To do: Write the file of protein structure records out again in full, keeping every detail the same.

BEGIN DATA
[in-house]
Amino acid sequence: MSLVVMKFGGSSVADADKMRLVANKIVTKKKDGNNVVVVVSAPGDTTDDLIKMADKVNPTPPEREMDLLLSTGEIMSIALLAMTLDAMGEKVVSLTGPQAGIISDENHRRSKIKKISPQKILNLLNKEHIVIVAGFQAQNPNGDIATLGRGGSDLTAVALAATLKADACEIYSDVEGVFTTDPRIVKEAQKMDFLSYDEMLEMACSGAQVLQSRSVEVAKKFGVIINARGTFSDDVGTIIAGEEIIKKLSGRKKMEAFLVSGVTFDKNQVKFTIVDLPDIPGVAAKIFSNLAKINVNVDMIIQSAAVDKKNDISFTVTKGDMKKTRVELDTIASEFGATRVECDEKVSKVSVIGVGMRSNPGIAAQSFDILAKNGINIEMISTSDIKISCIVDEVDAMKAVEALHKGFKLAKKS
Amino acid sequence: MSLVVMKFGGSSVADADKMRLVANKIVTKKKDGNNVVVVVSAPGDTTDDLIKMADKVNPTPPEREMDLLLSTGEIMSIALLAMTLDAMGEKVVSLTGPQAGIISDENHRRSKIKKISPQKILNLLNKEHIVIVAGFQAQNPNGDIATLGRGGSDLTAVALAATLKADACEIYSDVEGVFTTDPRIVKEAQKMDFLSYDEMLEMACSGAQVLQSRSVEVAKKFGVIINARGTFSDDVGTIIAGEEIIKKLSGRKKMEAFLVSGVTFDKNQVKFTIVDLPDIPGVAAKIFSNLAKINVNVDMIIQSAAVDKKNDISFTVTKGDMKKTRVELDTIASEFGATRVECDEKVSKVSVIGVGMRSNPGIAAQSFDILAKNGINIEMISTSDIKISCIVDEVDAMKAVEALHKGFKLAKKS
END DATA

[in-house]
Amino acid sequence: MSLVVMKFGGSSVADADKMRLVANKIVTKKKDGNNVVVVVSAPGDTTDDLIKMADKVNPTPPEREMDLLLSTGEIMSIALLAMTLDAMGEKVVSLTGPQAGIISDENHRRSKIKKISPQKILNLLNKEHIVIVAGFQAQNPNGDIATLGRGGSDLTAVALAATLKADACEIYSDVEGVFTTDPRIVKEAQKMDFLSYDEMLEMACSGAQVLQSRSVEVAKKFGVIINARGTFSDDVGTIIAGEEIIKKLSGRKKMEAFLVSGVTFDKNQVKFTIVDLPDIPGVAAKIFSNLAKINVNVDMIIQSAAVDKKNDISFTVTKGDMKKTRVELDTIASEFGATRVECDEKVSKVSVIGVGMRSNPGIAAQSFDILAKNGINIEMISTSDIKISCIVDEVDAMKAVEALHKGFKLAKKS
Amino acid sequence: MSLVVMKFGGSSVADADKMRLVANKIVTKKKDGNNVVVVVSAPGDTTDDLIKMADKVNPTPPEREMDLLLSTGEIMSIALLAMTLDAMGEKVVSLTGPQAGIISDENHRRSKIKKISPQKILNLLNKEHIVIVAGFQAQNPNGDIATLGRGGSDLTAVALAATLKADACEIYSDVEGVFTTDPRIVKEAQKMDFLSYDEMLEMACSGAQVLQSRSVEVAKKFGVIINARGTFSDDVGTIIAGEEIIKKLSGRKKMEAFLVSGVTFDKNQVKFTIVDLPDIPGVAAKIFSNLAKINVNVDMIIQSAAVDKKNDISFTVTKGDMKKTRVELDTIASEFGATRVECDEKVSKVSVIGVGMRSNPGIAAQSFDILAKNGINIEMISTSDIKISCIVDEVDAMKAVEALHKGFKLAKKS